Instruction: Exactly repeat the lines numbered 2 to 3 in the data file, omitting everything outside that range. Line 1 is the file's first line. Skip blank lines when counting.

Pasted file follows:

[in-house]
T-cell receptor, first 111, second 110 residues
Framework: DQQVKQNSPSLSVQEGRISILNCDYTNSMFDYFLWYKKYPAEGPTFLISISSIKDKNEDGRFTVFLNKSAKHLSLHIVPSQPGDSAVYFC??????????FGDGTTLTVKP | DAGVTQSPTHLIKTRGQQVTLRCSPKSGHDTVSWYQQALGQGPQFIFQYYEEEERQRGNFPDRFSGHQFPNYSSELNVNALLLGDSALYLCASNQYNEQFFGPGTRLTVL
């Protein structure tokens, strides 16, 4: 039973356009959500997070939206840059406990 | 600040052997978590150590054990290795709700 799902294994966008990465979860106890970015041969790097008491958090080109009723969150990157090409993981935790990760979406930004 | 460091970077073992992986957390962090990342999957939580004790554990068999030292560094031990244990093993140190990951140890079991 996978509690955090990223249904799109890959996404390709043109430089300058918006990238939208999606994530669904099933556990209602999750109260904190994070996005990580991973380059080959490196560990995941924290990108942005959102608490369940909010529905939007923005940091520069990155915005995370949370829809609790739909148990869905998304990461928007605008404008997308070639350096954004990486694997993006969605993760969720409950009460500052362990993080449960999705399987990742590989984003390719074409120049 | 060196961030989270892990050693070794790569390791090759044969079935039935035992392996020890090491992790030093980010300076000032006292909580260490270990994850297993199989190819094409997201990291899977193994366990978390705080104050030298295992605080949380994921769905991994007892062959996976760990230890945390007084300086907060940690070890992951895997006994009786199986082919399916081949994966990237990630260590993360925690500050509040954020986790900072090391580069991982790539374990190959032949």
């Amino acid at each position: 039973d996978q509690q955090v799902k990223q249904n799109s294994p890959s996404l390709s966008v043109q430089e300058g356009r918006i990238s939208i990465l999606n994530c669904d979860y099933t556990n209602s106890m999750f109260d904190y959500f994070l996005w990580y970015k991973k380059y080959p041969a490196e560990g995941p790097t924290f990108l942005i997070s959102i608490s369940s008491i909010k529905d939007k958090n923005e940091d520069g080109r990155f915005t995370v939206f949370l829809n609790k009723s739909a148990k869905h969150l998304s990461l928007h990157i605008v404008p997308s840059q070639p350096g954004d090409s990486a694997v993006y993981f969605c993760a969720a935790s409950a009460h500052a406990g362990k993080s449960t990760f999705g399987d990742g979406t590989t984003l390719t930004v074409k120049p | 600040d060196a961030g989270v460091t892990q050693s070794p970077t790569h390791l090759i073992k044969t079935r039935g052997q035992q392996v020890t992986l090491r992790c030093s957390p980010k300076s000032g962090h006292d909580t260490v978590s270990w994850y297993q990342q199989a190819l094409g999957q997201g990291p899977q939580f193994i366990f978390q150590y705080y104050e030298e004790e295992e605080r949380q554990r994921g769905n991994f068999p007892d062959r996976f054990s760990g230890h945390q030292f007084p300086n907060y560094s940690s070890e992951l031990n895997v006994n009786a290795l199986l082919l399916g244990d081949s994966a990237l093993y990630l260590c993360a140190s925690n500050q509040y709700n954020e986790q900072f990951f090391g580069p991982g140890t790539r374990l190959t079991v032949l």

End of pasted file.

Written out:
T-cell receptor, first 111, second 110 residues
Framework: DQQVKQNSPSLSVQEGRISILNCDYTNSMFDYFLWYKKYPAEGPTFLISISSIKDKNEDGRFTVFLNKSAKHLSLHIVPSQPGDSAVYFC??????????FGDGTTLTVKP | DAGVTQSPTHLIKTRGQQVTLRCSPKSGHDTVSWYQQALGQGPQFIFQYYEEEERQRGNFPDRFSGHQFPNYSSELNVNALLLGDSALYLCASNQYNEQFFGPGTRLTVL